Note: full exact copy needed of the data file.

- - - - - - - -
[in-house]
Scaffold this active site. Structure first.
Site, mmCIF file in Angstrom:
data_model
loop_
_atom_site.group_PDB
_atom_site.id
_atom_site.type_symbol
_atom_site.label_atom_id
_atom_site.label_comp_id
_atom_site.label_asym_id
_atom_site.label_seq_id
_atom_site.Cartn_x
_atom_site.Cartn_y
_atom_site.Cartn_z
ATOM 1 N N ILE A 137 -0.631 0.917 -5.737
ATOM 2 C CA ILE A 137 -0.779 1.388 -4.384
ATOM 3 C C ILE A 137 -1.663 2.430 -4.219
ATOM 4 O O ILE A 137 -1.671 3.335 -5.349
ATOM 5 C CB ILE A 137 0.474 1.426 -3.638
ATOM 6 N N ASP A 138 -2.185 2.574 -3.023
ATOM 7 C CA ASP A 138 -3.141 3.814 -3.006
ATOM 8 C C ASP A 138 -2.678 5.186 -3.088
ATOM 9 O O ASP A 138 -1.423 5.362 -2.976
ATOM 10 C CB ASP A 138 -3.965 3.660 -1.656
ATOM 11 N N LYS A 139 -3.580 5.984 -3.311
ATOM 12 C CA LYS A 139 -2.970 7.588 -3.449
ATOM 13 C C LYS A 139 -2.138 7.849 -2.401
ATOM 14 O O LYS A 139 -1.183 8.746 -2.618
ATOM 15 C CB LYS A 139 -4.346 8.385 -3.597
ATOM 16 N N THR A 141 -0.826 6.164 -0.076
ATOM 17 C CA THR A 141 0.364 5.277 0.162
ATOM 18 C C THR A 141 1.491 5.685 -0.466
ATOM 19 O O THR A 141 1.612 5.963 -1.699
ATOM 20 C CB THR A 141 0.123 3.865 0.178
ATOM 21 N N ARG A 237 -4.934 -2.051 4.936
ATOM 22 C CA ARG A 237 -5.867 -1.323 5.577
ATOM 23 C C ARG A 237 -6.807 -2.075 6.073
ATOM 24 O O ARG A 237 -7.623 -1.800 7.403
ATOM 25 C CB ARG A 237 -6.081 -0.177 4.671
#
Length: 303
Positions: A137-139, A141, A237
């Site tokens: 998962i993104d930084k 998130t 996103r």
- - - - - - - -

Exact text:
[in-house]
Scaffold this active site. Structure first.
Site, mmCIF file in Angstrom:
data_model
loop_
_atom_site.group_PDB
_atom_site.id
_atom_site.type_symbol
_atom_site.label_atom_id
_atom_site.label_comp_id
_atom_site.label_asym_id
_atom_site.label_seq_id
_atom_site.Cartn_x
_atom_site.Cartn_y
_atom_site.Cartn_z
ATOM 1 N N ILE A 137 -0.631 0.917 -5.737
ATOM 2 C CA ILE A 137 -0.779 1.388 -4.384
ATOM 3 C C ILE A 137 -1.663 2.430 -4.219
ATOM 4 O O ILE A 137 -1.671 3.335 -5.349
ATOM 5 C CB ILE A 137 0.474 1.426 -3.638
ATOM 6 N N ASP A 138 -2.185 2.574 -3.023
ATOM 7 C CA ASP A 138 -3.141 3.814 -3.006
ATOM 8 C C ASP A 138 -2.678 5.186 -3.088
ATOM 9 O O ASP A 138 -1.423 5.362 -2.976
ATOM 10 C CB ASP A 138 -3.965 3.660 -1.656
ATOM 11 N N LYS A 139 -3.580 5.984 -3.311
ATOM 12 C CA LYS A 139 -2.970 7.588 -3.449
ATOM 13 C C LYS A 139 -2.138 7.849 -2.401
ATOM 14 O O LYS A 139 -1.183 8.746 -2.618
ATOM 15 C CB LYS A 139 -4.346 8.385 -3.597
ATOM 16 N N THR A 141 -0.826 6.164 -0.076
ATOM 17 C CA THR A 141 0.364 5.277 0.162
ATOM 18 C C THR A 141 1.491 5.685 -0.466
ATOM 19 O O THR A 141 1.612 5.963 -1.699
ATOM 20 C CB THR A 141 0.123 3.865 0.178
ATOM 21 N N ARG A 237 -4.934 -2.051 4.936
ATOM 22 C CA ARG A 237 -5.867 -1.323 5.577
ATOM 23 C C ARG A 237 -6.807 -2.075 6.073
ATOM 24 O O ARG A 237 -7.623 -1.800 7.403
ATOM 25 C CB ARG A 237 -6.081 -0.177 4.671
#
Length: 303
Positions: A137-139, A141, A237
């Site tokens: 998962i993104d930084k 998130t 996103r």